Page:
The search is over! JuliAnn Mazachek is the sole finalist for MSU’s presidency


Colin Stevenson

JuliAnn Mazachek is the sole finalist for MSU’s presidency, Mar. 7.

After a months-long closed search, MSU and the Texas Tech system finally pulled the curtain back to reveal JuliAnn Mazachek as the sole finalist for the position of president. The news first came out during the Texas Tech board of regents meeting Monday morning via teleconference, where the board unanimously approved a vote to name Mazachek as the sole finalist. Fanfare and decorum followed soon after at a reception held in Comanche Suite in Clark Student Center at noon of the same day. Tedd Mitchell, chancellor of the Texas Tech University system, presided over the event and introduced Mazachek, who also spoke.

Mazachek, the vice president for academic affairs at Washburn University in Topeka, Kansas, is leaving Washburn after three decades. Her titles have included dean of the business school, vice president for academic affairs and president and CEO of the Washburn University Foundation.

Mark Griffin, vice chair of the Texas Tech board of regents and chair of the presidential search committee, said the committee received over 60 applications for the position from candidates across the nation before narrowing the field down to seven finalists. After a round of interviews, the committee agreed unanimously on Mazachek.

Texas Tech System Board of Regents Vice Chairman Mark Griffin thanks many who assisted in the search for MSU's new president at the announcement, Mar. 7.
Texas Tech System Board of Regents Vice Chairman Mark Griffin thanks many who assisted in the search for MSU’s new president at the announcement, Mar. 7. (Colin Stevenson)

Mitchell said Mazachek’s experience and business acumen made her stand out as a candidate, and both qualities played a large role in her selection.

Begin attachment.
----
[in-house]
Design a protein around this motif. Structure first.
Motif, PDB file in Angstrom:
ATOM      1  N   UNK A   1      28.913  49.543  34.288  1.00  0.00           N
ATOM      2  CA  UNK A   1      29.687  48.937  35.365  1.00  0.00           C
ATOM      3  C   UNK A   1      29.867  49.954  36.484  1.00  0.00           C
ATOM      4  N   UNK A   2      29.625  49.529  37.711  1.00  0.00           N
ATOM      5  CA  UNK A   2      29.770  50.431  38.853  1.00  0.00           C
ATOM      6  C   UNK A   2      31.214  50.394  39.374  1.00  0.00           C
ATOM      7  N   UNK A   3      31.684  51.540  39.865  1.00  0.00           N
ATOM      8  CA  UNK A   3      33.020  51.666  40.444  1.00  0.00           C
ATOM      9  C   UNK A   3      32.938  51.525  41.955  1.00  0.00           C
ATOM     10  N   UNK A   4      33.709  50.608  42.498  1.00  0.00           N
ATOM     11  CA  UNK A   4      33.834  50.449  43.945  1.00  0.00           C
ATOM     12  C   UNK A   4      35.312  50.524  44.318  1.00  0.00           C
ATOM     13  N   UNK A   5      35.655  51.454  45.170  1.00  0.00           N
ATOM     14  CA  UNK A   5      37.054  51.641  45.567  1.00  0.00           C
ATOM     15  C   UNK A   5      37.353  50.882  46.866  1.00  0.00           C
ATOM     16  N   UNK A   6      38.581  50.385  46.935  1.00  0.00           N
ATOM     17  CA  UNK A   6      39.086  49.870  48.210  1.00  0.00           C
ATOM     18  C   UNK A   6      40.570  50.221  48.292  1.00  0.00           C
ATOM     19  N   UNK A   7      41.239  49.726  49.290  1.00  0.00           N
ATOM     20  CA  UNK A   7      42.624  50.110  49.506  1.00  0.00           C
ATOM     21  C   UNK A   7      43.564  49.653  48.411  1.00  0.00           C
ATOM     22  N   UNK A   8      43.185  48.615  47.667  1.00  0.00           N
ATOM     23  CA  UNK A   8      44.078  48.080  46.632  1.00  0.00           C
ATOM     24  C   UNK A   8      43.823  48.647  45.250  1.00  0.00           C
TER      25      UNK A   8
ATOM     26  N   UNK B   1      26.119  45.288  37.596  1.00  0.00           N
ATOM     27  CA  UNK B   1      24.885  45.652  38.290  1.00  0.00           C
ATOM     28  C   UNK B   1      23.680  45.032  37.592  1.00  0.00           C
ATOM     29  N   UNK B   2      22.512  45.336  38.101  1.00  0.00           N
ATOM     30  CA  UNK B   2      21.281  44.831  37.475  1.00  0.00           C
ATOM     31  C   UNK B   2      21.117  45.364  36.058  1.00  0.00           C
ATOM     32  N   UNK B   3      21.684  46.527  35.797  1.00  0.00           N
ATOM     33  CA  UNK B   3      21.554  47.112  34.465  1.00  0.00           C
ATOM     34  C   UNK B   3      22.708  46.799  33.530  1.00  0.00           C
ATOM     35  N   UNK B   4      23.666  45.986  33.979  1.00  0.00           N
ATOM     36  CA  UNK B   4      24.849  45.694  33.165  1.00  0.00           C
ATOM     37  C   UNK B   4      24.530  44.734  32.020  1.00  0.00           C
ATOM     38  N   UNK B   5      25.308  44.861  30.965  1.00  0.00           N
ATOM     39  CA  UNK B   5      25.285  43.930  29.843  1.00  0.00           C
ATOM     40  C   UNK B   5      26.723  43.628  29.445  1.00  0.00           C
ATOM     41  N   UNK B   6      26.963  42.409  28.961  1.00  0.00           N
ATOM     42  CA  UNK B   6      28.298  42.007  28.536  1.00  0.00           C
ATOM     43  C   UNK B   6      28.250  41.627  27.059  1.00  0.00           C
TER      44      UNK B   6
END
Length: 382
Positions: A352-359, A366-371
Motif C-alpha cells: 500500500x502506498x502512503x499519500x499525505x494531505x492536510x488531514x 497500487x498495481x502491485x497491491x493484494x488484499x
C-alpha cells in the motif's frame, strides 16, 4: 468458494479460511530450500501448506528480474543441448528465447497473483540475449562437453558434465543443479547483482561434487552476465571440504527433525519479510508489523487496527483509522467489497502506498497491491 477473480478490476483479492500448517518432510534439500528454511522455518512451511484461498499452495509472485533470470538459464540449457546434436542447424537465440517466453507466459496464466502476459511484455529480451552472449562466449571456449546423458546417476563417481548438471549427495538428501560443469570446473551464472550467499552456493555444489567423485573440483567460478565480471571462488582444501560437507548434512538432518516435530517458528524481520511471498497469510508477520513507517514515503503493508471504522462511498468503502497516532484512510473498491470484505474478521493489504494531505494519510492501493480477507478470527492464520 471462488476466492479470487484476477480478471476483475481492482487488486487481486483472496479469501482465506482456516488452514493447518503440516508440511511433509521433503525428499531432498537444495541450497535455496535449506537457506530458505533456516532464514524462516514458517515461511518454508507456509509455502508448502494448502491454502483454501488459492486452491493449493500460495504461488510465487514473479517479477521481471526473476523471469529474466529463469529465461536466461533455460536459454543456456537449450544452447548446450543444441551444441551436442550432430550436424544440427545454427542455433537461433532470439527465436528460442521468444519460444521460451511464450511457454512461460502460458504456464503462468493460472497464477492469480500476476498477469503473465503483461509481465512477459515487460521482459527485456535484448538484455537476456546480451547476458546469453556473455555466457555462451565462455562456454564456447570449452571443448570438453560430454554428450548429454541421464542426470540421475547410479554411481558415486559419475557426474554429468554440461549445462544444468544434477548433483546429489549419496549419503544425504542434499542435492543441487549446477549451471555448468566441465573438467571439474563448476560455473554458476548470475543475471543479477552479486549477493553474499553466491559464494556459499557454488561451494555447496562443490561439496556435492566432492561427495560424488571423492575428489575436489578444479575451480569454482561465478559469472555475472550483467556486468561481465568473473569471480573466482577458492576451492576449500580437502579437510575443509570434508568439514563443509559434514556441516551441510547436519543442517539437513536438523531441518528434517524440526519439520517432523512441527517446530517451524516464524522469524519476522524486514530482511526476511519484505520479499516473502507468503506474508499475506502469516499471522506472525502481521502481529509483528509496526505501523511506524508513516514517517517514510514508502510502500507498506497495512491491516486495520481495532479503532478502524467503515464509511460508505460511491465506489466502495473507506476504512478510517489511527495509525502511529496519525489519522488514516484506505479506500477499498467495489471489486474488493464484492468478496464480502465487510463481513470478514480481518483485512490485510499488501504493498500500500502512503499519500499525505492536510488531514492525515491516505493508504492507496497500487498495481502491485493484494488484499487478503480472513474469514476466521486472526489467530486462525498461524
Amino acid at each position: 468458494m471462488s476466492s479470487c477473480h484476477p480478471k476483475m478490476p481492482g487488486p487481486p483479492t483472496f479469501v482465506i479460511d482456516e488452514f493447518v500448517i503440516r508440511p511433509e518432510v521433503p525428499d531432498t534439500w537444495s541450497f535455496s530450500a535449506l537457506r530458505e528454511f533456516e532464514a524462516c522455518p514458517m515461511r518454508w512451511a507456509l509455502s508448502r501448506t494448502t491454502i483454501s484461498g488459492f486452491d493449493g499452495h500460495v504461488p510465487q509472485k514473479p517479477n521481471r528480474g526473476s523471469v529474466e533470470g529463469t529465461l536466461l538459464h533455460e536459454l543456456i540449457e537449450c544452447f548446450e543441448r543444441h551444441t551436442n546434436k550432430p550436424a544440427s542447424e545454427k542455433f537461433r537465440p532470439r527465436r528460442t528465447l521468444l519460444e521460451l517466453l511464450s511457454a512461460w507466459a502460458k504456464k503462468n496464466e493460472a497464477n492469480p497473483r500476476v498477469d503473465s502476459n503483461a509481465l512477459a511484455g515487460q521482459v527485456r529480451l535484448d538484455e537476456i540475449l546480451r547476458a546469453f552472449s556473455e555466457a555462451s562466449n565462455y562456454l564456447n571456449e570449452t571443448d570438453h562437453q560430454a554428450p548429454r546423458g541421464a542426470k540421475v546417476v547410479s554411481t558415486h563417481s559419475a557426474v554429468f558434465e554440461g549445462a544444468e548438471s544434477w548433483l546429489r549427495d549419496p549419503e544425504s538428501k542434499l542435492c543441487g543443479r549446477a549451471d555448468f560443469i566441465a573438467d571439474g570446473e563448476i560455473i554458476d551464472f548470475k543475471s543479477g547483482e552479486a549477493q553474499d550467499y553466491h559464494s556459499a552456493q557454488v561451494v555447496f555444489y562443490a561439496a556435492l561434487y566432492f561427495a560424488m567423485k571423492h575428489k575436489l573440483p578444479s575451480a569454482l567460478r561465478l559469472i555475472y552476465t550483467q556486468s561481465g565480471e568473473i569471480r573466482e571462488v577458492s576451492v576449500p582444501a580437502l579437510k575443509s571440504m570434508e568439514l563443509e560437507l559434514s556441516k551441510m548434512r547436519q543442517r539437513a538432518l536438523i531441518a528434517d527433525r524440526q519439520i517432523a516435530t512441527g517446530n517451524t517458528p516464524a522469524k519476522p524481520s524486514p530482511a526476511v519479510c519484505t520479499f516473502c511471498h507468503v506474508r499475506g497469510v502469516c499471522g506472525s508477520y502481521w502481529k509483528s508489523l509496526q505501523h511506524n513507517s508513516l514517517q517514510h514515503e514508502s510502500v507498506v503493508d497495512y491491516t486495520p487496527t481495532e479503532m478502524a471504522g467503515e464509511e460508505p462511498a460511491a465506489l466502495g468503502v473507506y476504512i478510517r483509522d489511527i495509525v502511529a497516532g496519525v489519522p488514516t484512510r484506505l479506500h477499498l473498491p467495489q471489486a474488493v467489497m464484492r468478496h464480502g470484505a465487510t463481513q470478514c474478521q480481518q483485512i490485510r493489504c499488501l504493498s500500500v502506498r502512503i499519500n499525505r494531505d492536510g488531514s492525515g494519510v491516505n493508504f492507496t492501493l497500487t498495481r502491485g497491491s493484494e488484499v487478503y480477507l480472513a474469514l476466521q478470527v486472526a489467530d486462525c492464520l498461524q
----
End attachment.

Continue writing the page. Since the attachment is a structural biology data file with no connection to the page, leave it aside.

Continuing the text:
“So we were looking for someone who would have not only the background in higher education that was necessary for the nuts and bolts of running a university, but if possible look for somebody that had a really good business background as well. Because, as you know, this is a big business. And somebody that has a background in business, in administration and in fundraising. Because a huge part of what the presidency here will be working toward is a very robust fundraising opportunity for not just the Wichita Falls community but for this entire area,” Mitchell said.

Griffin echoed the endorsement of Mazachek’s credentials, and said her experience makes her a strong choice. 

“There’s nothing that’s going to happen here that she probably hasn’t seen or experienced. And she brings a wealth of knowledge and expertise, but more importantly, she brings a fervent commitment to this institution, and an inclination to engage in the community. That’s very important to her,” Griffin said.

Mitchell said Mazachek’s background as a first-generation college graduate stood out as an example of why she is a good fit for MSU.

Texas Tech System Chancellor Tedd Mitchell speaks to the audience at the announcement of MSU's new president, Mar. 7.
Texas Tech System Chancellor Tedd Mitchell speaks to the audience at the announcement of MSU’s new president, Mar. 7. (Colin Stevenson)

“If you look at MSU’s history, the tradition here, you’ve got a university that has done a remarkable job not only at serving Wichita Falls and the surrounding community, but serving students, many of whom are first generation who otherwise would not have had an opportunity to access higher education,” Mitchell said. “Dr. Mazachek is also a first-generation college student. So she knows exactly what it’s like to come from a home where you may or may not have the opportunity to go to college. So when you’re looking for that type of leader that can be transformative in young folks’ lives, in offering them opportunities like this, it was one of the things that just really made her stand out.”